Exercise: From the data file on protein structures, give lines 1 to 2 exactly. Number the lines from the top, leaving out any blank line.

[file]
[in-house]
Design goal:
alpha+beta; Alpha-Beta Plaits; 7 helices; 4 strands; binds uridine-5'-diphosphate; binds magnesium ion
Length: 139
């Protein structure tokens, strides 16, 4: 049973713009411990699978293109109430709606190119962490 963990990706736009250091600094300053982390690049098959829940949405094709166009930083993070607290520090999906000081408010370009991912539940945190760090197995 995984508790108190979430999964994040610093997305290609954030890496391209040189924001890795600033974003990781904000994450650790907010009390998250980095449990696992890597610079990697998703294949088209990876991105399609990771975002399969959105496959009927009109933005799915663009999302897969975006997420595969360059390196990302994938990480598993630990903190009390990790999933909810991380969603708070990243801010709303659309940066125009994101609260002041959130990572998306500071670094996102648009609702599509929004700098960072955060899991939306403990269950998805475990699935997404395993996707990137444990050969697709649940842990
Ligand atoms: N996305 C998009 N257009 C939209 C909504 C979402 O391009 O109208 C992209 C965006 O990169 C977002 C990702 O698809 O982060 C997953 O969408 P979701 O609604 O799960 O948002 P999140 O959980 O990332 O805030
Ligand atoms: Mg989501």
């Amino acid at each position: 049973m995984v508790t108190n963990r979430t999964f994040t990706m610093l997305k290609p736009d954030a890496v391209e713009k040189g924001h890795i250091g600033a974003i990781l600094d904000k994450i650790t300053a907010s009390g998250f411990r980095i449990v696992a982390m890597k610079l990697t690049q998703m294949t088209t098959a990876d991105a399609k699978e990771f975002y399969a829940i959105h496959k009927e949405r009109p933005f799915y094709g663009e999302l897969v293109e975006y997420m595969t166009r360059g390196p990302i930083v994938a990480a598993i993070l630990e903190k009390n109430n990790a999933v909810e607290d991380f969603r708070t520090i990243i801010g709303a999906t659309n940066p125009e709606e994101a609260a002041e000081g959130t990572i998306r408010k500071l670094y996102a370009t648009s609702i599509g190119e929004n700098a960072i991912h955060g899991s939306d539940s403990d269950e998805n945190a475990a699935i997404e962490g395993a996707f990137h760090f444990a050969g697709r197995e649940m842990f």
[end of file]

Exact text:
[in-house]
Design goal: